GREGG: Well, we got the notice, there was an alarm that went off around 7:00. I was actually headed out, I was in my car. The officer said we should go to this gathering area in the garage. It was sort of interesting to end up in the garage. I started off the morning on Air Force One and I ended up in the garage this evening as the president was headed up to New Hampshire. It's been an interesting day.

KING: You began the day with the president and ended the day at the garage?

GREGG: That's right. It's a great job. KING: Were you ever nervous?

GREGG: Not really. We've been through a lot of these here in the Capitol. It's unfortunate. It's a sign of the times. Obviously, a very serious problem we had was the Anthrax, was real. But in most instances, they have been false alarms. But, you know you should err on the side of caution. We respect the professionalism of the police here. And they're there to protect us. They make these decisions and we do what they say.

KING: Do you feel, as a senator, well protected in your own office? Do you feel well-protected in the Russell Building?

GREGG: Well, yes, as well as could be. You know, the important thing is to keep the government as an open government so that people who want to come and see you can. And that's critical. And obviously, that's -- that makes the type of protection that you might get somewhere else a little more difficult.

But anybody who's in public life understands that. And, really, the police do a superb job here, as do the various law enforcement communicates that basically support them, like the FBI. So, yes, I do feel fairly confident that we've got good protection.

KING: Did you bond with your fellow senators?

GREGG: Oh, yes, very closely. We got to talk about a lot of good things. We talked about biannual budgeting and a lot of very important subjects.

KING: Now, did you really talk business?

GREGG: A little bit. But mostly we just kidded each other and had a good time. And most of the time was spent actually talking with folks on our staff or other staffs. And actually there were some interns here from Australia and they came over, we talked with them and sort of -- that's the ultimate intern experience, to be stuck in a garage with three or four members of the Senate.

KING: Were you concerned that no food was delivered?

GREGG: You know, that's something we've got to fix next time we do this, no question about it. There were actually a couple of kids there. And fortunately somebody found some crackers in their car, so they were able to get something to eat. But if we're going to have a gathering place like this, I think I'm sure the police are going to take a look at what they have there for resources to support 200 people sitting in a room for three or four hours.

KING: While I've got you, a couple of quick things. What were you doing in New Hampshire with the president?

GREGG: Well the president came out to talk about the budget and the need to discipline federal spending, something I very much support. He gave an excellent speech, a very substantive speech to a group of folks in the state. And we very much appreciate him picking New Hampshire as the place to talk about fiscal responsibility because that's very high on the agenda of most people from New Hampshire.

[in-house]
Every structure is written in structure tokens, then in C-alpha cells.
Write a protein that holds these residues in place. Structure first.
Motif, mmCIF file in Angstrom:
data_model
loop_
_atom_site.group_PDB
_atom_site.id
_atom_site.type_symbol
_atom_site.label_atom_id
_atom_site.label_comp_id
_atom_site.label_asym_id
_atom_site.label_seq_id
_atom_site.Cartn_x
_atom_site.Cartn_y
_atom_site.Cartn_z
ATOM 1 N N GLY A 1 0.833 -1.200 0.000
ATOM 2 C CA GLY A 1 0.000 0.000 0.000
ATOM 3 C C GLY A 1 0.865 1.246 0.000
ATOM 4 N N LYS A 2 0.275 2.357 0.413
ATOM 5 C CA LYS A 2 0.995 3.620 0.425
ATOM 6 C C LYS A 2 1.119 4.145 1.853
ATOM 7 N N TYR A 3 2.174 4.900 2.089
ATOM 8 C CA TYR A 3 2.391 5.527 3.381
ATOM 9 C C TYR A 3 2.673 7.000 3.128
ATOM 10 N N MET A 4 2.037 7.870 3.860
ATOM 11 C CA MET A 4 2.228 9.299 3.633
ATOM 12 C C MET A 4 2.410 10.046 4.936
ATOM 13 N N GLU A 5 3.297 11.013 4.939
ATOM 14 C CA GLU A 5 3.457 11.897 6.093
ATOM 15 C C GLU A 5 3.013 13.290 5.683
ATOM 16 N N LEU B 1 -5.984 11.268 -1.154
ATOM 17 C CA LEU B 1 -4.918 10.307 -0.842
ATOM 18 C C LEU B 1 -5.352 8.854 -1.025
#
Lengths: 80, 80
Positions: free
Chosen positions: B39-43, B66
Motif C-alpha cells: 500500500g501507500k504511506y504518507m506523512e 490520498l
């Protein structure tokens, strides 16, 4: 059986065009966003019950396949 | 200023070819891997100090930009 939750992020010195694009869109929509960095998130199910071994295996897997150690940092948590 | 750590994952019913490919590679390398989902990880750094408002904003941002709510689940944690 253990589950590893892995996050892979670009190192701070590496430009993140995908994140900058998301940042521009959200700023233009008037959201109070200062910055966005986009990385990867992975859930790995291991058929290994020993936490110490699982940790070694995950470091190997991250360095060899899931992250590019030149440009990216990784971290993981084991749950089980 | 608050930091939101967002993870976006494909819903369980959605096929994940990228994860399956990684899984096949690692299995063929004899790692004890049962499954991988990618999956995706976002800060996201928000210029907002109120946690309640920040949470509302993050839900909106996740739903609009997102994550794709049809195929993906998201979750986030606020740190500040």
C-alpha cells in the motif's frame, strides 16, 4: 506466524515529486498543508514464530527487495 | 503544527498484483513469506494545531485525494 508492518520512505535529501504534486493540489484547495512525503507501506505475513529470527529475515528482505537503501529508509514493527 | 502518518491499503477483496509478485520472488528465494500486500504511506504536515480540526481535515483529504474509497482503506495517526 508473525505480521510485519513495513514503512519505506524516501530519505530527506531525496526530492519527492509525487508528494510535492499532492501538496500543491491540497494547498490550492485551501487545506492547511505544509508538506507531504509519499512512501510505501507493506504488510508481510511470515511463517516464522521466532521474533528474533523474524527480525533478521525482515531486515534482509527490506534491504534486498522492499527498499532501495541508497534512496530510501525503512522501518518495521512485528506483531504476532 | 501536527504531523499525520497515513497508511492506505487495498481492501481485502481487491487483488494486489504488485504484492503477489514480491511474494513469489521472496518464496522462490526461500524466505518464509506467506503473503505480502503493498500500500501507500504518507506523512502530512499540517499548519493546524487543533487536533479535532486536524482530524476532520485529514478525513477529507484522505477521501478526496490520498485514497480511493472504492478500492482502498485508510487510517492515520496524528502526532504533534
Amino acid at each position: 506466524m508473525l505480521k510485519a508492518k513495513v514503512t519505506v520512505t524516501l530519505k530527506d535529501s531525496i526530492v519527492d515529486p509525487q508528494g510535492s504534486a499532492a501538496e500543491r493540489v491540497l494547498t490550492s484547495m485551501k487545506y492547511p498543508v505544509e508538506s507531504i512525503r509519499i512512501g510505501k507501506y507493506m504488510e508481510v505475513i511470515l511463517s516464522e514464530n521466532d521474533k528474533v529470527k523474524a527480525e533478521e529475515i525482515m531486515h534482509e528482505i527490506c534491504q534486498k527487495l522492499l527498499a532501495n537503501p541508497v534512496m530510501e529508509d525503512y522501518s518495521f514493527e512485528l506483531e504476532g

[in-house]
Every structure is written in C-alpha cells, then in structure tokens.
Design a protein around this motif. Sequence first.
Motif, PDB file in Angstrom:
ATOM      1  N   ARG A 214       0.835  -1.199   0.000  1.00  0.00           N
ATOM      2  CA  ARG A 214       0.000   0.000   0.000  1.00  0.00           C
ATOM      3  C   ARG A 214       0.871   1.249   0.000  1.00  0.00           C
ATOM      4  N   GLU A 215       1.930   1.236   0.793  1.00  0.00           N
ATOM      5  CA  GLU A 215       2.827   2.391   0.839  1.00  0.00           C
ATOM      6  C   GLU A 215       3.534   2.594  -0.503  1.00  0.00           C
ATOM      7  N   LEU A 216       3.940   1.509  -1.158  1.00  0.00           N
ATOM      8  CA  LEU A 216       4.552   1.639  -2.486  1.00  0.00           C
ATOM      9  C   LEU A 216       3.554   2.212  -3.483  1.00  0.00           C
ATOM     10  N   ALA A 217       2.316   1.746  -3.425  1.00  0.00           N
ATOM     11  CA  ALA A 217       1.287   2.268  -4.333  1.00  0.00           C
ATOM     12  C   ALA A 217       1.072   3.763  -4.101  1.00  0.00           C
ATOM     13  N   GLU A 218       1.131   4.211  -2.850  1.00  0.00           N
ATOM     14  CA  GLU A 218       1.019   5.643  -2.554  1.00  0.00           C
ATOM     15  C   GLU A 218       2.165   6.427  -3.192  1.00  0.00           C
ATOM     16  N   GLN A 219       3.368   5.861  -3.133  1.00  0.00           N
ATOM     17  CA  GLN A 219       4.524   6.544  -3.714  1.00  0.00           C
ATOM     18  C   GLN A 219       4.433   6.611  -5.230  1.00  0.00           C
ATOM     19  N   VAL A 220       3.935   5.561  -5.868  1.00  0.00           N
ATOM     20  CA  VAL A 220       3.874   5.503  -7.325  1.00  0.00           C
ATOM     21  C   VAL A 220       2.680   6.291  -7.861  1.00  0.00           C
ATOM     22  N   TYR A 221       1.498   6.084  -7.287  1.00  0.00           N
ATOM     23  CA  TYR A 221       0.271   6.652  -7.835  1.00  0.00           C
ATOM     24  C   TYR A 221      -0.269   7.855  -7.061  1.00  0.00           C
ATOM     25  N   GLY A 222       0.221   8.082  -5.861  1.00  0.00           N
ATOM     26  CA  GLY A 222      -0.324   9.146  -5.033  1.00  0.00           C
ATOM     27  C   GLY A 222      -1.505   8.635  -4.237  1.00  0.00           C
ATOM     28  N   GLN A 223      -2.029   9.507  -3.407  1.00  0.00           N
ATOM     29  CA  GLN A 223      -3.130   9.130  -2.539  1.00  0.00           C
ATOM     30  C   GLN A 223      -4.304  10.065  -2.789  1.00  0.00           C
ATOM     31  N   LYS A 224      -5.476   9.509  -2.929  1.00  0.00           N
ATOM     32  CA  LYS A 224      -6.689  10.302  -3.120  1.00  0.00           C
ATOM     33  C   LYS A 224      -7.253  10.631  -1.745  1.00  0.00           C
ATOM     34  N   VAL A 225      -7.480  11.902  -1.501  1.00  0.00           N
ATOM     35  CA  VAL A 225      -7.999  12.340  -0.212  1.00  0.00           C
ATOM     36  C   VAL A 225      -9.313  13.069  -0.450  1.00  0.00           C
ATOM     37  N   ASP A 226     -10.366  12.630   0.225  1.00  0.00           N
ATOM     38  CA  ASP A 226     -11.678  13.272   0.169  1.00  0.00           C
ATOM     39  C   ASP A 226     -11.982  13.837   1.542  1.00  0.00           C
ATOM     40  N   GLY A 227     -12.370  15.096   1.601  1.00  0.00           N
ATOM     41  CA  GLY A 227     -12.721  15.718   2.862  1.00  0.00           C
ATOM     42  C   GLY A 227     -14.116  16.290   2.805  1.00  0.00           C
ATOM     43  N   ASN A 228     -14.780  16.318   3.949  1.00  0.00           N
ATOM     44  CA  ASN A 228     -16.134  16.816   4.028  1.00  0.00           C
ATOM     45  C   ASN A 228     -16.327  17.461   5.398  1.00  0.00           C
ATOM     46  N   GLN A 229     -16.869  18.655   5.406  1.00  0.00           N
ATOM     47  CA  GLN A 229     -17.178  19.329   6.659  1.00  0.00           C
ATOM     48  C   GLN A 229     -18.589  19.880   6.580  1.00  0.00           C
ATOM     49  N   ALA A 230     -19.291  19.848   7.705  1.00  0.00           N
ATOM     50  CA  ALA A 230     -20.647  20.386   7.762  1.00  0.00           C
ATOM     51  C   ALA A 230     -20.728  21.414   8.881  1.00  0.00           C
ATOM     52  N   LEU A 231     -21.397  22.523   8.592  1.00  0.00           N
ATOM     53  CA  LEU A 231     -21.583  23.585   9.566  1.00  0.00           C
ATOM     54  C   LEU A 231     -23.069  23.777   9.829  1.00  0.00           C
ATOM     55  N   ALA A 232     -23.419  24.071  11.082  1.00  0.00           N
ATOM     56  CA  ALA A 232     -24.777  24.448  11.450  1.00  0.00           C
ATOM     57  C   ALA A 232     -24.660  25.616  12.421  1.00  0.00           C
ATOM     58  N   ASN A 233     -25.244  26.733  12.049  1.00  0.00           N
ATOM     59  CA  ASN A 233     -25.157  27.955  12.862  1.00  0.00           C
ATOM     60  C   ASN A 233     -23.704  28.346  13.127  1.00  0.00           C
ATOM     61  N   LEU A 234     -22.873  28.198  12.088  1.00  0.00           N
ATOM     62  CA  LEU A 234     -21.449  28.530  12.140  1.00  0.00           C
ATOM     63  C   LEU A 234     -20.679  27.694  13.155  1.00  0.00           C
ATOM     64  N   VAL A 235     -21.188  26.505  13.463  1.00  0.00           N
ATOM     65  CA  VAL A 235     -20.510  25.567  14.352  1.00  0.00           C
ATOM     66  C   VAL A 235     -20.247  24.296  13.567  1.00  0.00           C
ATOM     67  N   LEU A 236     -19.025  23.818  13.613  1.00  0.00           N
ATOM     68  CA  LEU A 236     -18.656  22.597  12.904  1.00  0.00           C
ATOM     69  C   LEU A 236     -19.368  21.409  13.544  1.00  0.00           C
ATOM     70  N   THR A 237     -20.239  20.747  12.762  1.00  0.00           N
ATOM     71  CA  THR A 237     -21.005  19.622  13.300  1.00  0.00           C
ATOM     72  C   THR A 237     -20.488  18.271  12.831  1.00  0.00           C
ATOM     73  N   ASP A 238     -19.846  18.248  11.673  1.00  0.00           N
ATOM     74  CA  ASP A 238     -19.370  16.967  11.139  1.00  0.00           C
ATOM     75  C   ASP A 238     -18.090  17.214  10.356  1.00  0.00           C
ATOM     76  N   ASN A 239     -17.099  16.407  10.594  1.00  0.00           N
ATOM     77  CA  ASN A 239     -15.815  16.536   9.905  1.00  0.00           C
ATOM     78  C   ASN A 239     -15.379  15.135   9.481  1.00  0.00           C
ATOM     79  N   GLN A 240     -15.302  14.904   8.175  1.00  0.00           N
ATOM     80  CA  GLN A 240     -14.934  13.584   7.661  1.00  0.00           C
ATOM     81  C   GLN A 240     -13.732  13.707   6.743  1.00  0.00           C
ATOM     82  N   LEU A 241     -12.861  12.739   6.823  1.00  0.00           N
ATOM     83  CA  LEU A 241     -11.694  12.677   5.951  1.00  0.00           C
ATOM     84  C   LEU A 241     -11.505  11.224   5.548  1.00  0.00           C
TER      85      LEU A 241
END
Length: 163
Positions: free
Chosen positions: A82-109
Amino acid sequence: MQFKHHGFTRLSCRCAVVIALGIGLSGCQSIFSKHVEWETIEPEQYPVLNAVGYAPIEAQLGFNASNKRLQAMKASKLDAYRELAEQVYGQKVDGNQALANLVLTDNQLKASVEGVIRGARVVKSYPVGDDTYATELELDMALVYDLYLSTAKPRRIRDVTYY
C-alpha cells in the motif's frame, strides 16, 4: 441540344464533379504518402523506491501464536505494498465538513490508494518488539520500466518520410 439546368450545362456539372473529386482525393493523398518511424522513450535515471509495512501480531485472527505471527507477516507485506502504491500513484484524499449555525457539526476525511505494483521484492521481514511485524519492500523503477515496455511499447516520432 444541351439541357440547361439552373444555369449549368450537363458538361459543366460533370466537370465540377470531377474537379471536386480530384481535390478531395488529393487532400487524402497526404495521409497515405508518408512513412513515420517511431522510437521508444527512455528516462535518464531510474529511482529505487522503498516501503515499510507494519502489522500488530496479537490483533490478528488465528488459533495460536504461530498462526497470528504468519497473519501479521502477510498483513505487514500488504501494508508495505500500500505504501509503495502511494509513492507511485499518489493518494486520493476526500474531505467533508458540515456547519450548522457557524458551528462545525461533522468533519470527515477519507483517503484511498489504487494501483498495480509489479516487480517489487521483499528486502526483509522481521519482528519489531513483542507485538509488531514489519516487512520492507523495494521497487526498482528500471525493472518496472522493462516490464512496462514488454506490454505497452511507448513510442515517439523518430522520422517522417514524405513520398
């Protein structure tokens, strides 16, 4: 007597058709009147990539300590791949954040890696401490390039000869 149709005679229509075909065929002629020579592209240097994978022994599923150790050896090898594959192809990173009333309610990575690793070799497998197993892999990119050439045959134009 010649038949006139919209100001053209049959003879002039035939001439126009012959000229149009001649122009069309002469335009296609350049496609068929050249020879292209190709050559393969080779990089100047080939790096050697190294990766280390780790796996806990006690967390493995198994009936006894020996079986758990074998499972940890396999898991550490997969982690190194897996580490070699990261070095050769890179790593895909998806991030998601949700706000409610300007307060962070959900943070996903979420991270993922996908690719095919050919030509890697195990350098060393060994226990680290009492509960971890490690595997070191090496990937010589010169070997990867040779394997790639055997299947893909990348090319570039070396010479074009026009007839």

KING: And then you flew back and went back to the -- were you in the Senate today or were you in the office all day?

GREGG: Well, back and forth. We had a lot of different meetings going on. So, I've been on the floor and back and forth. We're doing the asbestos bill, which is a fairly significant piece of legislation, about $140 billion. Obviously, a very big piece of legislation. And so I'm involved in that as budget chairman.

KING: One other thing, Senator. Back at work tomorrow right on the dot?

GREGG: Absolutely. That's our job and we enjoy doing it. You know, you've got to respect the staff here for doing it and especially the law enforcement people who protect us.

KING: Thanks, Senator Gregg, always good talking to you.

GREGG: Thank you, Larry.

KING: Senator Judd Gregg, Republican of New Hampshire, begins the day on Air Force One with the president in New Hampshire, ends the day in the garage of the Senate office building with a threat. So Ed Henry, was it much ado about nothing or did we learn something?

HENRY: Well there certainly was something in the sense that there was a scare and obviously they had to go through all of this and make sure that it was a false alarm. I think maybe we learned that the Capitol Police obviously has a lot of procedures in place, post 9/11, especially, to deal with just this type of situation.

The fact that there was such a scare, the potential that so many people were -- had been exposed to nerve agents, the fact that everyone stayed calm, as you heard from the senator, they were joking. Various reports we heard from people in that parking garage suggested that everybody was treating it fairly well and taking it in stride and that the U.S. Capitol Police did it in a professional manner might suggest that -- God forbid, something actually real happened and God forbid there was a nerve agent, that maybe they would be prepared to actually deal with it, because it seems like the procedures were in place and that actually people followed it.

There was no panic. People were not trying to run out of that garage. They listened to authority and they stayed well. And that's -- everyone is better for that, obviously, Larry.

KING: Kelli Arena, are you surprised that there was no panic at all?

ARENA: We are battle hardened, Larry. We live here at the nation's capital for crying out loud. No, I'm not, I'm not. I mean, these are very professional people and as you heard, lots of false alarms that take place in the Capitol and around the Capitol in those various buildings.